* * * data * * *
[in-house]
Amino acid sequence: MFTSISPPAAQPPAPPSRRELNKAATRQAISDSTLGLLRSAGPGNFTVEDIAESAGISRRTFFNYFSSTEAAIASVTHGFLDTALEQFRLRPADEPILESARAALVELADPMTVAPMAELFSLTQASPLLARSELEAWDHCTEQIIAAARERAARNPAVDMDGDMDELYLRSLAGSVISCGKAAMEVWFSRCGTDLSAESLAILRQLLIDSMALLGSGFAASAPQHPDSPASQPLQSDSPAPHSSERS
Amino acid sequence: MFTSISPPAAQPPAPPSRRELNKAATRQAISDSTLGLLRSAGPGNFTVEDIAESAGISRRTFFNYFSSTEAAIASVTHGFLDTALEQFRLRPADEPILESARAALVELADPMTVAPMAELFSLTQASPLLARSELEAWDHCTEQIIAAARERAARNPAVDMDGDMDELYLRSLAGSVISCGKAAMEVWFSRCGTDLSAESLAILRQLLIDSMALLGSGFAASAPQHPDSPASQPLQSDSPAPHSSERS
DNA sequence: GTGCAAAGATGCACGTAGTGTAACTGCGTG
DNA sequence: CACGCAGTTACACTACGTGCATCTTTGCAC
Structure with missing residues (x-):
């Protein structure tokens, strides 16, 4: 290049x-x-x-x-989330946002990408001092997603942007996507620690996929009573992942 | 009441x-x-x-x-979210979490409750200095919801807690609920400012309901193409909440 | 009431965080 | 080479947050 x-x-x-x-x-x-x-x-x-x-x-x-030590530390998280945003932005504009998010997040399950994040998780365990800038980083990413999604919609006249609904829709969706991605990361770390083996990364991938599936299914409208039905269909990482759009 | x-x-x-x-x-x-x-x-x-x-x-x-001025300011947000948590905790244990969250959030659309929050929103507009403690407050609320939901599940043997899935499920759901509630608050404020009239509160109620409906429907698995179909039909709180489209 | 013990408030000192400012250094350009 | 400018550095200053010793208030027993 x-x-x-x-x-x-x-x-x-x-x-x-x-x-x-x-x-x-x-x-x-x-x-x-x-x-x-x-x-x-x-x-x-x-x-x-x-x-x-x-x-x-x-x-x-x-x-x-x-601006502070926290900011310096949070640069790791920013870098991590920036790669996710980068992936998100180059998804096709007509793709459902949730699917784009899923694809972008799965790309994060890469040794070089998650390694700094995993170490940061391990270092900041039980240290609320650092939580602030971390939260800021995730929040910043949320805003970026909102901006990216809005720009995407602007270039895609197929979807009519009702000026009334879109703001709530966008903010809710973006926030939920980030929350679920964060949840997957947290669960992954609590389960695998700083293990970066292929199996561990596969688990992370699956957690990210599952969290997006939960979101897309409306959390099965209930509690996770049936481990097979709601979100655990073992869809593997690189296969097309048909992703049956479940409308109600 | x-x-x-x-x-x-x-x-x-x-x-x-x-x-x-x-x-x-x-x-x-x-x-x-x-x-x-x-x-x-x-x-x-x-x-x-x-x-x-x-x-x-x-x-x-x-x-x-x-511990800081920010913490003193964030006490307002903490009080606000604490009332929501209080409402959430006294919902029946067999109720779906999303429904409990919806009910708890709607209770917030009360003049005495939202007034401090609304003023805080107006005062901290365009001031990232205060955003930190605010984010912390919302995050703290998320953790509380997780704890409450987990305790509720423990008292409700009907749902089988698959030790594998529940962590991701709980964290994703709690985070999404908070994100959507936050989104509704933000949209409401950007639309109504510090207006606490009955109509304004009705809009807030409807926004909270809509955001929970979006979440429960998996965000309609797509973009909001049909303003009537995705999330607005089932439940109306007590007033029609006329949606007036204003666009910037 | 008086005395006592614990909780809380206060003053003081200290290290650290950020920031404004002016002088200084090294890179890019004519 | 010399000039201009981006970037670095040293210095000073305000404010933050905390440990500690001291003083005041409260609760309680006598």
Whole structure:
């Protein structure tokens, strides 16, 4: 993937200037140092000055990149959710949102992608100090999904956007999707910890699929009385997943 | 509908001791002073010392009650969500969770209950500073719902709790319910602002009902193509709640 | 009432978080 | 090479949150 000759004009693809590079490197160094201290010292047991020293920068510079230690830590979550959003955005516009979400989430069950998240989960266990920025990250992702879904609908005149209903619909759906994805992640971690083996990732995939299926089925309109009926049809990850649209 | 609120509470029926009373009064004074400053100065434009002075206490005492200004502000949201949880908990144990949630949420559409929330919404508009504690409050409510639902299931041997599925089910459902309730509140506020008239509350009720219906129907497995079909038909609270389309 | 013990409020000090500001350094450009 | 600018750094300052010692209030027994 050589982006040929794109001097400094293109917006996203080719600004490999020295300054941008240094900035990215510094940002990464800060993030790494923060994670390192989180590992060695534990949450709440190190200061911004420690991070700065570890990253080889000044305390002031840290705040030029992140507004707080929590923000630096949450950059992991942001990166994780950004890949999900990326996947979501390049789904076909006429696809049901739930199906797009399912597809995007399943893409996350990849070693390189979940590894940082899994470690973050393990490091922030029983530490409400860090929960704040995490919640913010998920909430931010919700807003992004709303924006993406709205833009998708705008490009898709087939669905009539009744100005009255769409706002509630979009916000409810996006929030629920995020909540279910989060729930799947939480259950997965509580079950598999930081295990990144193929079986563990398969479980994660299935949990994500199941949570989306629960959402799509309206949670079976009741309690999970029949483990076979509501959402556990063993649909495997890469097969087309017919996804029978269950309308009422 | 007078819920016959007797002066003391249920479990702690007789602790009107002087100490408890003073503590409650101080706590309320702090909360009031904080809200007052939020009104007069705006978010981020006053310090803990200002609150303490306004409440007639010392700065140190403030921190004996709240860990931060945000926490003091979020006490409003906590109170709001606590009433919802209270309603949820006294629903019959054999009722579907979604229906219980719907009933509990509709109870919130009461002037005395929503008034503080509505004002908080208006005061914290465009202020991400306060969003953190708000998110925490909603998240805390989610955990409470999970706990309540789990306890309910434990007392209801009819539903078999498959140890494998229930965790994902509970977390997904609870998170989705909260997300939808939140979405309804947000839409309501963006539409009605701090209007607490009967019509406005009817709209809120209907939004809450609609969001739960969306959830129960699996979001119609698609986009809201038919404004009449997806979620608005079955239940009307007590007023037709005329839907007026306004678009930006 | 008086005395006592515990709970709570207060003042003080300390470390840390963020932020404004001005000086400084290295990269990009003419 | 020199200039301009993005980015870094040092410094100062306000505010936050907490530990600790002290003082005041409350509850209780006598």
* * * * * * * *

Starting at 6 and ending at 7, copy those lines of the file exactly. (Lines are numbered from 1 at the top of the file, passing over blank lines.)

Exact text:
Structure with missing residues (x-):
């Protein structure tokens, strides 16, 4: 290049x-x-x-x-989330946002990408001092997603942007996507620690996929009573992942 | 009441x-x-x-x-979210979490409750200095919801807690609920400012309901193409909440 | 009431965080 | 080479947050 x-x-x-x-x-x-x-x-x-x-x-x-030590530390998280945003932005504009998010997040399950994040998780365990800038980083990413999604919609006249609904829709969706991605990361770390083996990364991938599936299914409208039905269909990482759009 | x-x-x-x-x-x-x-x-x-x-x-x-001025300011947000948590905790244990969250959030659309929050929103507009403690407050609320939901599940043997899935499920759901509630608050404020009239509160109620409906429907698995179909039909709180489209 | 013990408030000192400012250094350009 | 400018550095200053010793208030027993 x-x-x-x-x-x-x-x-x-x-x-x-x-x-x-x-x-x-x-x-x-x-x-x-x-x-x-x-x-x-x-x-x-x-x-x-x-x-x-x-x-x-x-x-x-x-x-x-x-601006502070926290900011310096949070640069790791920013870098991590920036790669996710980068992936998100180059998804096709007509793709459902949730699917784009899923694809972008799965790309994060890469040794070089998650390694700094995993170490940061391990270092900041039980240290609320650092939580602030971390939260800021995730929040910043949320805003970026909102901006990216809005720009995407602007270039895609197929979807009519009702000026009334879109703001709530966008903010809710973006926030939920980030929350679920964060949840997957947290669960992954609590389960695998700083293990970066292929199996561990596969688990992370699956957690990210599952969290997006939960979101897309409306959390099965209930509690996770049936481990097979709601979100655990073992869809593997690189296969097309048909992703049956479940409308109600 | x-x-x-x-x-x-x-x-x-x-x-x-x-x-x-x-x-x-x-x-x-x-x-x-x-x-x-x-x-x-x-x-x-x-x-x-x-x-x-x-x-x-x-x-x-x-x-x-x-511990800081920010913490003193964030006490307002903490009080606000604490009332929501209080409402959430006294919902029946067999109720779906999303429904409990919806009910708890709607209770917030009360003049005495939202007034401090609304003023805080107006005062901290365009001031990232205060955003930190605010984010912390919302995050703290998320953790509380997780704890409450987990305790509720423990008292409700009907749902089988698959030790594998529940962590991701709980964290994703709690985070999404908070994100959507936050989104509704933000949209409401950007639309109504510090207006606490009955109509304004009705809009807030409807926004909270809509955001929970979006979440429960998996965000309609797509973009909001049909303003009537995705999330607005089932439940109306007590007033029609006329949606007036204003666009910037 | 008086005395006592614990909780809380206060003053003081200290290290650290950020920031404004002016002088200084090294890179890019004519 | 010399000039201009981006970037670095040293210095000073305000404010933050905390440990500690001291003083005041409260609760309680006598």